By Mario Casayuran
The Senate will undertake one or two more public hearings before it submits for plenary debate a measure seeking the imposition of the death penalty, this time on high-level illegal drugs dealing only.
The public hearing will be conducted by Sen. Emmanuel D. Pacquiao because Sen. Richard J. Gordon, chairman of the Senate justice and human rights committee, had refused to conduct a public hearing on Pacquiao’s pro-death penalty bill because he is against the reimposition of the supreme penalty.
Pacquiao said he is pushing for the enactment of a death penalty measure despite a public statement at the Vatican of Pope Francis that death penalty is inadmissible in all circumstances and that the Catholic Church should fight for its abolition.
Pacquiao, a Christian preacher, maintained that the death penalty is allowed by the Philippine Constitution and by the Bible.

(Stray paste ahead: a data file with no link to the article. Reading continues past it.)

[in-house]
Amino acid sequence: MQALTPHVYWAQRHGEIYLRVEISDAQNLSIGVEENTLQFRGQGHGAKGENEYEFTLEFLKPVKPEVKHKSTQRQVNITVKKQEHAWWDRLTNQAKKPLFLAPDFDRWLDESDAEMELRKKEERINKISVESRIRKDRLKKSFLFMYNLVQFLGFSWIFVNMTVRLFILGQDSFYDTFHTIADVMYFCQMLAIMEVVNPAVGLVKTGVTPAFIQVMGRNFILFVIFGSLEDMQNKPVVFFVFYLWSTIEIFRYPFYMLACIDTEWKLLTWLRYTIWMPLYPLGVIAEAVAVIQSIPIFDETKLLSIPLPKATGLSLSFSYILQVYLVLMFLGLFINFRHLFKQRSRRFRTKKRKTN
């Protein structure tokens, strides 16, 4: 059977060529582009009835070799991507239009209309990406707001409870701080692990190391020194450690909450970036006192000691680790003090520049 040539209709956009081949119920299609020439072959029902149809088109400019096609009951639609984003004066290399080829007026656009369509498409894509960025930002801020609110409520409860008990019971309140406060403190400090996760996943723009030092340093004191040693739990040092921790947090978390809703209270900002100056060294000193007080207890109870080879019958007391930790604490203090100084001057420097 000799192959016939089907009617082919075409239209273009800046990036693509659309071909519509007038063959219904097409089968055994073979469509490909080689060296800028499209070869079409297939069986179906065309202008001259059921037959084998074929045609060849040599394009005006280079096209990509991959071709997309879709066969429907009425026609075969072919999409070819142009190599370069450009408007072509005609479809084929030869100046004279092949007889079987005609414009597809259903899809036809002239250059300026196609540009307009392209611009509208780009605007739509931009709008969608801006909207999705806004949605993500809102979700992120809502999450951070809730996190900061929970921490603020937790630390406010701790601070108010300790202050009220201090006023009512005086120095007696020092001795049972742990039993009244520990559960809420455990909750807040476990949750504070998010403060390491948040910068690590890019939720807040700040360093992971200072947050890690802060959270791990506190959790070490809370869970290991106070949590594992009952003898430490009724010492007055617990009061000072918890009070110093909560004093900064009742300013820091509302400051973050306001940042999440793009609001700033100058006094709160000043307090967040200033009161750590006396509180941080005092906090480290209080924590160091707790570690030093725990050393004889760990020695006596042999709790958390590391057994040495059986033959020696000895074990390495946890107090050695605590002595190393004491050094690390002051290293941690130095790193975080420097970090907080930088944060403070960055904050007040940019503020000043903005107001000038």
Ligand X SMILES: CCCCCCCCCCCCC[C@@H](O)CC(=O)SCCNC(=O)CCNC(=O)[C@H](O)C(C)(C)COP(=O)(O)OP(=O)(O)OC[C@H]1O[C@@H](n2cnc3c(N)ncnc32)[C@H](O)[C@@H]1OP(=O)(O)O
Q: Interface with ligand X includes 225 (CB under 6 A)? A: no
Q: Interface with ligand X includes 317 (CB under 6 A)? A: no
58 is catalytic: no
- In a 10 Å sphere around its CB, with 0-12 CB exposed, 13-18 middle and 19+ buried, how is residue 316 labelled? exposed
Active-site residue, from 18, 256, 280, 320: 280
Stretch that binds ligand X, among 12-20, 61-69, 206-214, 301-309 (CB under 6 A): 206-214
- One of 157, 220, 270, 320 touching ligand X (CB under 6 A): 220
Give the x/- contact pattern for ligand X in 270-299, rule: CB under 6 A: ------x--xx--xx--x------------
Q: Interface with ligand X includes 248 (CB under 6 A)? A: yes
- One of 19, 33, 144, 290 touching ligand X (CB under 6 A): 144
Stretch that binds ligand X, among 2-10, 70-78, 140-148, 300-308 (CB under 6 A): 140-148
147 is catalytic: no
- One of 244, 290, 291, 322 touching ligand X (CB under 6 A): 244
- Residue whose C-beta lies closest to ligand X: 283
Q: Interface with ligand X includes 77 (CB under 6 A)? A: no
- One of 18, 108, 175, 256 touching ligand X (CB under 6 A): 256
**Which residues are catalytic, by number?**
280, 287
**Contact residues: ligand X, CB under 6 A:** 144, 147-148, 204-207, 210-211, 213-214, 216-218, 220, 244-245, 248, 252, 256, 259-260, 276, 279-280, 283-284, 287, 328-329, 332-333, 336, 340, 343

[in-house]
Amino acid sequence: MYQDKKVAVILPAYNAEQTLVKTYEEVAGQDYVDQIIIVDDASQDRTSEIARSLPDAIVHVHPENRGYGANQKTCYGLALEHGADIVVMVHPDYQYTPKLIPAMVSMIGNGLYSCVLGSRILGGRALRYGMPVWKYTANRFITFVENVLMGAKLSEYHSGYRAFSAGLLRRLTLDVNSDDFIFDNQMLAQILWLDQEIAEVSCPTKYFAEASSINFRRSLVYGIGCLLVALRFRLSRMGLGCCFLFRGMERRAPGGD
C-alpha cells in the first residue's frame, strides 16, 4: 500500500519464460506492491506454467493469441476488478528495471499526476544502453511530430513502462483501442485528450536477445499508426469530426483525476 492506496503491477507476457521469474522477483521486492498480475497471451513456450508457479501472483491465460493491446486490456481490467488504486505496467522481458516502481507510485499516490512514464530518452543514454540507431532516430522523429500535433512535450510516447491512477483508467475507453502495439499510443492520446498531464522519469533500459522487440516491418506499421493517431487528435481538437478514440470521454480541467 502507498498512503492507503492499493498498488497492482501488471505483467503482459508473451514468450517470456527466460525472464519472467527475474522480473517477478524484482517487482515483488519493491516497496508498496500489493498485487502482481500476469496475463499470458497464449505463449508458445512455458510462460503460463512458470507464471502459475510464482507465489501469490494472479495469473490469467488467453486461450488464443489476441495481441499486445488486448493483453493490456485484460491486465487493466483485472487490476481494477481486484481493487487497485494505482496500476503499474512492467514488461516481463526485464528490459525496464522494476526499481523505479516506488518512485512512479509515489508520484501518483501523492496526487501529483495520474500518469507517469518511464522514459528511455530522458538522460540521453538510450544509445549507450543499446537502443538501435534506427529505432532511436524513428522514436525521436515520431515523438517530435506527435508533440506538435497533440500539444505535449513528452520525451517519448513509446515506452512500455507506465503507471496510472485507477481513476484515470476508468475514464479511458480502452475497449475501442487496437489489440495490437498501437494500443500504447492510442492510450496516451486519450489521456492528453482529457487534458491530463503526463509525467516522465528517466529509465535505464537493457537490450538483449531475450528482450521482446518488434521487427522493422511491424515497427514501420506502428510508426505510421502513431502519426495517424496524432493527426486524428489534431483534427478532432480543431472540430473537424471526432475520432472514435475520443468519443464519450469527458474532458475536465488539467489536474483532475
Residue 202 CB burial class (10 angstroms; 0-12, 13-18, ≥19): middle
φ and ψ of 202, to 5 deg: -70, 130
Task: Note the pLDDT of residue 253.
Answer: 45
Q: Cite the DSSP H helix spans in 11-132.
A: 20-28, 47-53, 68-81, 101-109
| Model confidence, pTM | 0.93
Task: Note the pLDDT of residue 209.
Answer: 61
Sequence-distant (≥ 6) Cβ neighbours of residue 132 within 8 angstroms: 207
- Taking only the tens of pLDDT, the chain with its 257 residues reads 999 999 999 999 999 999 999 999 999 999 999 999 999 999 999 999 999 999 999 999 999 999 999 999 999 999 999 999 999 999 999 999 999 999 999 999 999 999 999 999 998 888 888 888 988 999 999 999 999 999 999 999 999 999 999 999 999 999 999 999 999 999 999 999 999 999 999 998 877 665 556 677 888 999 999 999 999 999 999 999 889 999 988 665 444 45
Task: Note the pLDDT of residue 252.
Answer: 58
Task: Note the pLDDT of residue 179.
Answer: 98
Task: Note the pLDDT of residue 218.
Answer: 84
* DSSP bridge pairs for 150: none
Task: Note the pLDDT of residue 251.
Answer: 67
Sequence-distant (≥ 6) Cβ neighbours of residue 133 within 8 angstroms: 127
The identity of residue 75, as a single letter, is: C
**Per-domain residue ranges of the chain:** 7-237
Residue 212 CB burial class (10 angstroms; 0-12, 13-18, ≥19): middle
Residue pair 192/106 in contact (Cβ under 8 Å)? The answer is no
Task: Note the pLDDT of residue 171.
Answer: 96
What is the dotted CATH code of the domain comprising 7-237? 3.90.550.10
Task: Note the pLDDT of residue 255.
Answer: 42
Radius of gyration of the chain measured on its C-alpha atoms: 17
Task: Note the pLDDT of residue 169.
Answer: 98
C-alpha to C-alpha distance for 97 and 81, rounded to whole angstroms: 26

The Bible, according to Pacquiao, gives powers to authorities, meaning governments, to impose the death penalty on heinous crimes.
After the House of Representatives has approved its own version of the death penalty measure, Malacañang now awaits the passage of a similar bill at the Senate.
Senate President Vicente C. Sotto III, a former chairman of the Dangerous Drugs Board (DDB), is inclined to pass the bringing back of the capital punishment for top drug lords.
The Pacquiao bill seeks the imposition of death penalty on drug trafficking, rape with murder, kidnapping for ransom (KFR) and robbery with murder.
Pressed during a DWIZ radio interview, Pacquiao appeared inclined to just press for the crime of top-level drug trafficking just so the death penalty punishment is adopted.
Pacquiao expressed hopes that the death penalty bill could be passed by the Senate before the end of the year.